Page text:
Is the monolith Business Suite 7 with AnyDB or Hana really the last word of wisdom? A research note from Nucleus Research states that six out of ten established SAP customers would not opt for SAP software again. This is a clear message and a bold statement by the analysts – but it is no surprise: it feels as though half the SAP community says that SAP is a disappointment, that the software is of flawed quality and that the charges for product care and licenses are far too high.
If there is deep bitterness towards SAP on the one hand, on the other there are scarcely any alternatives – yet! Summarising both sides – he who complains, buys!
With its unique business-management, organisational and technical knowledge, SAP created a monolithic system in R/2, R/3, ERP 6.0 and Business Suite 7, to which there was no alternative. At the end of the day, more factors argued in favour of SAP than against it. Listing all positive arguments that favour SAP software would fill up the whole E-3 magazine and not just this webpage.
What was bold, correct and logical in the past no longer needs to be so in the future. In future years it is probably the best course of action not to go to Walldorf but rather to take the opposite direction, into the SAP community and to the SAP partners. So why this 180-degree turn?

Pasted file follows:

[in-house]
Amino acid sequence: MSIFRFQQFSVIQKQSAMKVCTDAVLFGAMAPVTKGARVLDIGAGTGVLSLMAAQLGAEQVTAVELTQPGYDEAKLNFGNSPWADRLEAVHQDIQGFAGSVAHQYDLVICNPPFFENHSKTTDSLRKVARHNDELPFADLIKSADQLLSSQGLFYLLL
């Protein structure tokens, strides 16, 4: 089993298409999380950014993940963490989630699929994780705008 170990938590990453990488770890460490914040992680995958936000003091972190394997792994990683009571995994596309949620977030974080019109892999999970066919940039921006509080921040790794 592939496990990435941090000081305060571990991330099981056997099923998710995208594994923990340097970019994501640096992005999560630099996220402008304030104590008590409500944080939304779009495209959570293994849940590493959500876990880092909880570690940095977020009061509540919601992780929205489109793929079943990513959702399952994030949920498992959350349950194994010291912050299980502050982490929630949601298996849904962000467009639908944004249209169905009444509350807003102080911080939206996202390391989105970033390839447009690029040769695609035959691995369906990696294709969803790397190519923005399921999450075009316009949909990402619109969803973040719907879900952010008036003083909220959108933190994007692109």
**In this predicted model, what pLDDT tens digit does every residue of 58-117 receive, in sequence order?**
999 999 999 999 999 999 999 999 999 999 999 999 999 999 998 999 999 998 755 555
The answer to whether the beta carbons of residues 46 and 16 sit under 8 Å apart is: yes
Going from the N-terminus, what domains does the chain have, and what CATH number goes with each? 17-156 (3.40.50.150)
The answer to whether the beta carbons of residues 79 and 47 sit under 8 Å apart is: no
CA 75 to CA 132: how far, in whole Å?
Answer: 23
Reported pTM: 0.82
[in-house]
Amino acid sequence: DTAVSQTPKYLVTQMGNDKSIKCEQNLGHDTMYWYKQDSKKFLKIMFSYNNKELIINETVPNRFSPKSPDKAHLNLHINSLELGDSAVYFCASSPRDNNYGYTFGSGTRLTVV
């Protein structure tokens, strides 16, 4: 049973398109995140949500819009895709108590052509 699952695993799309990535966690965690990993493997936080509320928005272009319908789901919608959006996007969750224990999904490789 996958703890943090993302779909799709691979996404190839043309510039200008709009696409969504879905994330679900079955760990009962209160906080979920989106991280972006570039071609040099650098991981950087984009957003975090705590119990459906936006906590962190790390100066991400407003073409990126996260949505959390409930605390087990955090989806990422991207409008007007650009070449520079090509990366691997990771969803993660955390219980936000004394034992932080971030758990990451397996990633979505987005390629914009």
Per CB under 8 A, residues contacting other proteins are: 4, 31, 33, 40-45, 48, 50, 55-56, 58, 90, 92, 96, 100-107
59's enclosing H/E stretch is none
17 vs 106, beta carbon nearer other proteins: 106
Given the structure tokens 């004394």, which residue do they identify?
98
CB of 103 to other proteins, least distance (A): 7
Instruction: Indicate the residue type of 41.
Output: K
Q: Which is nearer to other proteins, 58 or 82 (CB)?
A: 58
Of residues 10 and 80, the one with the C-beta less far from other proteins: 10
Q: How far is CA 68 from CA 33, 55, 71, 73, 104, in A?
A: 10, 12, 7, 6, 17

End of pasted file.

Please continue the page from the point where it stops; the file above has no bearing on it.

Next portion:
SAP sowed the seed for it themselves and will be surprised by the outcome in the years to come: to break-up the ERP monolith and to promote the merits of platforms, in-memory, mobile and cloud computing, open-source and best-of-breed is a marketing-driven act of desperation by SAP but, on this approachꞌs merits, it is entirely right. After all, it just doesnꞌt work for a wine-trader to recommend only drinking water or for butchers to advocate a vegan diet.
Nucleus Research has pinpointed this dissatisfaction among established SAP customers, those who would possibly decide differently if they had then been equipped with their current experience and knowledge; indeed, SAP itself wants the application-users to decide differently – in favour of the cloud!
That is a logical step but is not thought through fully by SAP. Only if SAP currently had the best (hybrid) cloud offering would the step be a sound one – as it was when SAP had R/3, the best ERP system. Yet SuccessFactors, SAP’s HCM cloud, has just had a disastrous half-year, with numerous product breakdowns and accidents. HEC is too expensive and HCP not fully matured (Hana Enterprise Cloud and Hana Cloud Platform).
What happens if the established customers take SAPꞌs advice and launch out into a new ERP era, with hybrid cloud-systems and hyper-converged infrastructure systems? How long will it then take before, alongside S/4 Finance with Hana, other platform-providers and software-providers dock via OpenStack und Cloud Foundry?
In the black-box R/3, there was no release-valve for established SAP customersꞌ dissatisfaction. With the new IT architectures – open-source, hybrid clouds, hyper-converged infrastructure – SAP has opened up a new dimension and played into the competitorsꞌ hands. The Walldorf-based monopolist will have to learn to face fellow-players in the market and it must prove that it is still writing the world’s best business software.